SMSFs hitting roadblocks with reducing reserves
Due to recent ATO commentary and a lot of defined benefit funds coming to an end soon, there has been greater focus on reducing reserves but a lack of understanding and lower contributions caps is creating some difficulty, says an industry consultant.
Speaking to SMSF Adviser, Miller Super Solutions founder Tim Miller said in light of the ATO’s comments around some of their concerns with reserves, there has been a lot interest in how to remove or reduce reserves in an SMSF without causing problems for the fund.
There remains some misunderstanding with regards to how reserves and reserve allocations operate, particularly as a lot of them were set up for situations 15 or 20 years ago where you could only make allocations from reserves in very specific circumstances, Mr Miller explained.
“People get caught up in thinking they can’t allocate money from a reserve to a pension account, or to somebody who’s not working who’s over 65 because of the contribution rules,” he said.
“There’s also a misunderstanding between allocating investment reserves or pension reserves versus the allocation of what [is technically] a contribution holding account which is called a reserve but is not a reserve by its true nature.”
Mr Miller said a lot of the defined benefit pensions were set up in 2001 or 2002 which means a lot of them will soon be coming to an end, and the trustees are therefore trying to reduce their reserves.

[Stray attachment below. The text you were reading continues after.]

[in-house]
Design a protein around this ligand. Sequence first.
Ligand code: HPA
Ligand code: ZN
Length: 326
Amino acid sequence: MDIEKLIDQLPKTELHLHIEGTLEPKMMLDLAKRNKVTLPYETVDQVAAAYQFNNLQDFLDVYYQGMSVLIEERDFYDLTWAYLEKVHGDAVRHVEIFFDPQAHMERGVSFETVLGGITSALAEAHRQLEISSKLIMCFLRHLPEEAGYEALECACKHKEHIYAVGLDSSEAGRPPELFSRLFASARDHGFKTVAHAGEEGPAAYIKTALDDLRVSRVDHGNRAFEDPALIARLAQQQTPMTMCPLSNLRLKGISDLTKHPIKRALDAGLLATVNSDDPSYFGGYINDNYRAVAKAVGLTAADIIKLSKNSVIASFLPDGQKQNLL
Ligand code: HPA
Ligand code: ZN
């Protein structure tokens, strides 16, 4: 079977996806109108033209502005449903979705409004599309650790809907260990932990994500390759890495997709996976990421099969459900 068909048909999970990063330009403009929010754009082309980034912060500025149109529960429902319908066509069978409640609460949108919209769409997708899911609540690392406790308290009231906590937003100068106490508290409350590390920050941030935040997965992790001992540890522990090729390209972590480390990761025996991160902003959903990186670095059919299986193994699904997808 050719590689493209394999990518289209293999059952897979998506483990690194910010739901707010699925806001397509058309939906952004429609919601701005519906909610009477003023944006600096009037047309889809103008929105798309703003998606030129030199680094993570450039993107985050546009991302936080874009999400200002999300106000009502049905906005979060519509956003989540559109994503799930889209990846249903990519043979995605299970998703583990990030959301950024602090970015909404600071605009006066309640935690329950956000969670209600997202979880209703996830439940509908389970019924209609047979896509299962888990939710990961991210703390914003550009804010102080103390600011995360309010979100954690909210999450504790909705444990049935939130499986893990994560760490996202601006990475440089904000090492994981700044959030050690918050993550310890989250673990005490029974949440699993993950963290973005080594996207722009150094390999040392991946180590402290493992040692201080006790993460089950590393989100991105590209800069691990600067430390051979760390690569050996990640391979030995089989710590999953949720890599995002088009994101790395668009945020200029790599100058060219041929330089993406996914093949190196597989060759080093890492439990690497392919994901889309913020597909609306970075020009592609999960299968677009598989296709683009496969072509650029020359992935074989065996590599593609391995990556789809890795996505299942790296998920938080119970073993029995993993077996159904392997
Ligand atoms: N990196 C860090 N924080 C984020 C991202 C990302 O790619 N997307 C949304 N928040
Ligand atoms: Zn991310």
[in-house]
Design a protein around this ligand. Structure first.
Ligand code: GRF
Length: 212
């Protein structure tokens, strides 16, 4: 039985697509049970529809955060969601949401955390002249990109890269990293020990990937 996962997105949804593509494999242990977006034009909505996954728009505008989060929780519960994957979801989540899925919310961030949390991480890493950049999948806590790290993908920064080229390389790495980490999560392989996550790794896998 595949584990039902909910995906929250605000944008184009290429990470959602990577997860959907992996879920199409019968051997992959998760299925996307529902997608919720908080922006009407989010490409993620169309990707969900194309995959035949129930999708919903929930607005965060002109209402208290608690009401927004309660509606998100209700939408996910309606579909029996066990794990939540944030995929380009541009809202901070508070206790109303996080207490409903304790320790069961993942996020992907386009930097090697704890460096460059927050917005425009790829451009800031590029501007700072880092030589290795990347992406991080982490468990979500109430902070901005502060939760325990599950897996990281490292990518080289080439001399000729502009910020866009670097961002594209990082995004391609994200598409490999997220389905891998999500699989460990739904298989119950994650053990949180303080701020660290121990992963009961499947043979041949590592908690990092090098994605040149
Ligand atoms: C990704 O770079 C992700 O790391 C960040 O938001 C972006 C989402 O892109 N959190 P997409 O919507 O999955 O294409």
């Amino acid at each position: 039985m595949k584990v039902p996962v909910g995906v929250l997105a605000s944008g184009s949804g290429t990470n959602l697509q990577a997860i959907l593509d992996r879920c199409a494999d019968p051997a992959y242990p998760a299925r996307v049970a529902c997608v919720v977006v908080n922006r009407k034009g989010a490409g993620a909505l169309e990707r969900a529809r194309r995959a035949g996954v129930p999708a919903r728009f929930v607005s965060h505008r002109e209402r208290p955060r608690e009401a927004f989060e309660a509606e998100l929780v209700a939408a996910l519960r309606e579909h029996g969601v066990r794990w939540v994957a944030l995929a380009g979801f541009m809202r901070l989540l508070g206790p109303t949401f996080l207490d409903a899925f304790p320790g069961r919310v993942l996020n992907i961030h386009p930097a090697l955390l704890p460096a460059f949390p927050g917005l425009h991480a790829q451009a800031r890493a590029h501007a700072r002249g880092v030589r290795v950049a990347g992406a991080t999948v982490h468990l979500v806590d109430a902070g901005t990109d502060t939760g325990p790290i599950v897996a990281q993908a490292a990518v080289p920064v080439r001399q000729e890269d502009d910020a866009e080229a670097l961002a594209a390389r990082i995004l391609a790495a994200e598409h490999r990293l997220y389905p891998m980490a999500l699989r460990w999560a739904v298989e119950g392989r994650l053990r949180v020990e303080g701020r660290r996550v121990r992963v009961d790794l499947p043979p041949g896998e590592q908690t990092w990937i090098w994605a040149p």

Getting rid of reserves can be particularly difficult, he said, where it’s a particularly large amount.
“For people that set them up for social security or Centrelink purposes, those reserves are often in the scope of between $20,000 and $200,000,” he said.
With the concessional contribution caps now at $25,000, it can be difficult to get rid of the reserve quickly, he said.
While members can allocate as much as they want, amounts above the $25,000 are assessed against their personal tax as an excess contribution, and taxed at that marginal rate, which may not be desirable.
“So if they don’t have any other income, then they can allocate above that amount and essentially pay near enough to 15 per cent on the excess contribution, which for some people isn’t a big deal, but others want to try and reduce all traces of taxation and so therefore they’ve got to do that in accordance with the caps,” he said.
Miranda Brownlee is the deputy editor of SMSF Adviser, which is the leading source of news, strategy and educational content for professionals working in the SMSF sector.
Since joining the team in 2014, Miranda has been responsible for breaking some of the biggest superannuation stories in Australia, and has reported extensively on technical strategy and legislative updates. Miranda has also directed SMSF Adviser's print publication for several years.
Miranda also has broad business and financial services reporting experience, having written for titles including Investor Daily, ifa and Accountants Daily.